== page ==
Ross T. Ashley has been identified as the man who shot and killed a police officer at Virginia Tech last week, and who then killed himself. Radford University, which is close to Virginia Tech, confirmed that Ashley had been a part-time student there as a business management major. Ashley is suspected in the theft of a Mercedes SUV, but authorities are still trying to figure out why he came to Virginia Tech and murdered a police officer there.

Monday, December 12, 2011 - 4:30am

An article in The Contra Costa Times explores the challenges California State University System campuses face due to high percentages of new students requiring remedial education. Starting next summer, those students will be required to take courses the summer before they enroll (either in person or online) with the goal of reducing the percentage who must focus much of their freshman year on remediation. Many faculty members, the newspaper reported, are skeptical that the summer program will be sufficient. "A 15-hour intervention is just not enough intervention when it comes to skills that should have been developed over 12 years," said Sally Murphy, a communications professor who directs general education at Cal State East Bay.

Monday, December 12, 2011 - 3:00am

The Texas Association of Business is paying for billboard advertising that focuses on low graduation rates at community colleges, calling out institutions by name, The Texas Tribune reported. The first billboard ad ran in Austin and said of Austin Community College: "4% OF ACC STUDENTS GRADUATE IN 3 YEARS. IS THAT A GOOD USE OF TAX $? TX ASSOCIATION OF BUSINESS." A new ad is focused on the community college district in Dallas.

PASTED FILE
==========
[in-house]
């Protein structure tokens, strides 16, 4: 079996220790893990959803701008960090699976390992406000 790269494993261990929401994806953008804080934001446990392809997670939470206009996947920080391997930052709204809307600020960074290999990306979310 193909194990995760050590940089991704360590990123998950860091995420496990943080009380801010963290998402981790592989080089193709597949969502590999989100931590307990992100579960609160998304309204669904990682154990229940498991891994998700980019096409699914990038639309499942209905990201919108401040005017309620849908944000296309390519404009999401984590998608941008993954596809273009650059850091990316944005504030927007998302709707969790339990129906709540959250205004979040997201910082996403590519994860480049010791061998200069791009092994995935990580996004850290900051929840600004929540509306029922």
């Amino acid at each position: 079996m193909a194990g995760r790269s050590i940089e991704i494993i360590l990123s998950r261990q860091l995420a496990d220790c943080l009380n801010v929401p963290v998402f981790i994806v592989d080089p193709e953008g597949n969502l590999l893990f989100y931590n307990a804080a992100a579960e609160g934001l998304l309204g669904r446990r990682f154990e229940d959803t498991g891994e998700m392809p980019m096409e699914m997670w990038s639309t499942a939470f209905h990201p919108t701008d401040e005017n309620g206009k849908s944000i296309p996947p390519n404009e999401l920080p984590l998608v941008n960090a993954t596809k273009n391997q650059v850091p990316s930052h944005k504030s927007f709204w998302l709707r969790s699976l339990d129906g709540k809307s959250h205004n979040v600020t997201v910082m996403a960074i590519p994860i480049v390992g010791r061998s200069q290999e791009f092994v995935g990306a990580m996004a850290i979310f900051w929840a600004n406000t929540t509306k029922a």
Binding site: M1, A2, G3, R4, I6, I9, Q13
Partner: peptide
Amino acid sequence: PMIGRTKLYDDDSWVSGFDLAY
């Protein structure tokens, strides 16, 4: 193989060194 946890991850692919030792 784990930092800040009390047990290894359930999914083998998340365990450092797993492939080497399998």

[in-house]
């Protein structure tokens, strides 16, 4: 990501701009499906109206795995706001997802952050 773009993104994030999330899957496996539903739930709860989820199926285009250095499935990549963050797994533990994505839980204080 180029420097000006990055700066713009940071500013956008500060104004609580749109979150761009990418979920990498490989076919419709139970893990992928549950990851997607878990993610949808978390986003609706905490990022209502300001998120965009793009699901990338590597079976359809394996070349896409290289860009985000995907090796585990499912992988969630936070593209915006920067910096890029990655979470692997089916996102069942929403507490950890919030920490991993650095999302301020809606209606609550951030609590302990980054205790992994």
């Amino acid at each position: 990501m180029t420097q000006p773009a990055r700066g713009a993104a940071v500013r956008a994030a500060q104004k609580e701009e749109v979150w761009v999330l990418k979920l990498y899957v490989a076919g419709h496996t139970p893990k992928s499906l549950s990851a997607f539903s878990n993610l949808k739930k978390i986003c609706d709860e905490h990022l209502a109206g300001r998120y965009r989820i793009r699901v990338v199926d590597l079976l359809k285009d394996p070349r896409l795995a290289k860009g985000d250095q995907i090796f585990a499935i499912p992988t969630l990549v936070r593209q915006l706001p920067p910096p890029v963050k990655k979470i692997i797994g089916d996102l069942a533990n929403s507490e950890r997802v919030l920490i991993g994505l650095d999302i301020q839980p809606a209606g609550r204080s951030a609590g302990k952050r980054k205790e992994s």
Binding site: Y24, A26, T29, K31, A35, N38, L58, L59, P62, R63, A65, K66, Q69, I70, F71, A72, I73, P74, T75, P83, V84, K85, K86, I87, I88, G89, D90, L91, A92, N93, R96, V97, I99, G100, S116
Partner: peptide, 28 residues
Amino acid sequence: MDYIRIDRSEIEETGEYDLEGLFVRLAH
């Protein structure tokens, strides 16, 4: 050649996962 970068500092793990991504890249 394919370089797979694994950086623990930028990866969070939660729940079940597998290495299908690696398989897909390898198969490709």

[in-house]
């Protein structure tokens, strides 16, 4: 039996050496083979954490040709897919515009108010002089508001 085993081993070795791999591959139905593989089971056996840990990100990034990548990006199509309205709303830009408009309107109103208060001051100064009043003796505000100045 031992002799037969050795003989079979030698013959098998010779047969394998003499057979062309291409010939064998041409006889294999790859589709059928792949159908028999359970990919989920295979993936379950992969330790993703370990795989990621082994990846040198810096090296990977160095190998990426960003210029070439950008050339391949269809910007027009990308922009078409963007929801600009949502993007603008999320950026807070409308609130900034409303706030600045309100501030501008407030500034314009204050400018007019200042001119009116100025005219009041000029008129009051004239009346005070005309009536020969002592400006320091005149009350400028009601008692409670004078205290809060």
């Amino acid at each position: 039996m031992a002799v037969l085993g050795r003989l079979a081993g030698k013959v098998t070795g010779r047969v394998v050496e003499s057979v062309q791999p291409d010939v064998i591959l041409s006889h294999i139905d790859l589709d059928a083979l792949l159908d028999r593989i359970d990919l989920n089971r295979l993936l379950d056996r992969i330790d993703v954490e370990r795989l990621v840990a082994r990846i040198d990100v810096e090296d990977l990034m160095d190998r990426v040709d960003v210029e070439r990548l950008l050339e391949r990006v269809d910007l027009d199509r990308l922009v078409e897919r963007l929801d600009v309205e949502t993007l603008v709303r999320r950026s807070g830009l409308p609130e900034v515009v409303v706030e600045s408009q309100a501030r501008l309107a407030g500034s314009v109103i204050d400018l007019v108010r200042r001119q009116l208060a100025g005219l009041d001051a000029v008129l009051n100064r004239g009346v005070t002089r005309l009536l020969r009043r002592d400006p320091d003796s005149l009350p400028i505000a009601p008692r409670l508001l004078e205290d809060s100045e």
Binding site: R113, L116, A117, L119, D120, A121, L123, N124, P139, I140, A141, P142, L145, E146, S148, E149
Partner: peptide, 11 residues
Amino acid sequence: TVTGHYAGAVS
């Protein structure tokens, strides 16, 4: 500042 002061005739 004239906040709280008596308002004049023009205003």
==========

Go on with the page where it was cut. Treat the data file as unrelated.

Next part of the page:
Richard Rhodes, president of Austin Community College, said that the business group was using an inappropriate measure. He noted that only about 5.5 percent of the college's students are measured in the federal calculation of graduation rates. "People really have to understand the metrics and the data behind the metrics," Rhodes said in a college podcast. "There's a much larger story when we think about community college students and what their intent is and why they come here."

Monday, December 12, 2011 - 3:00am

In today’s Academic Minute, Robin Bell of Columbia University explains the strange behavior of water beneath the glaciers of Antarctica. Find out more about the Academic Minute here.


 
Friday, December 9, 2011 - 3:00am

An article in Science explores how some Saudi universities are building their research reputations in nontraditional ways. King Abdulaziz University has hired more than 60 top researchers in the sciences, at nice salaries for part-time work, if they agree to list the university with their other institutions in identification lines in journal articles. The idea is that rankings of citations will show a sharp increase for the university. King Saud University is working to recruit researchers to affiliate in loose ways so that their discoveries will be linked to the university. Some academics quoted in the article said that they feared such efforts would detract from the real advances being made by Saudi universities.

Friday, December 9, 2011 - 3:00am

Larry Sager has been scheduled to step down of the law school of the University of Texas at Austin at the end of this academic year. But The Austin American-Statesman reported that he was forced to resign Thursday, following complaints from faculty members about the allocation of funds. The disagreements centered on the use of funds from the law school's foundation.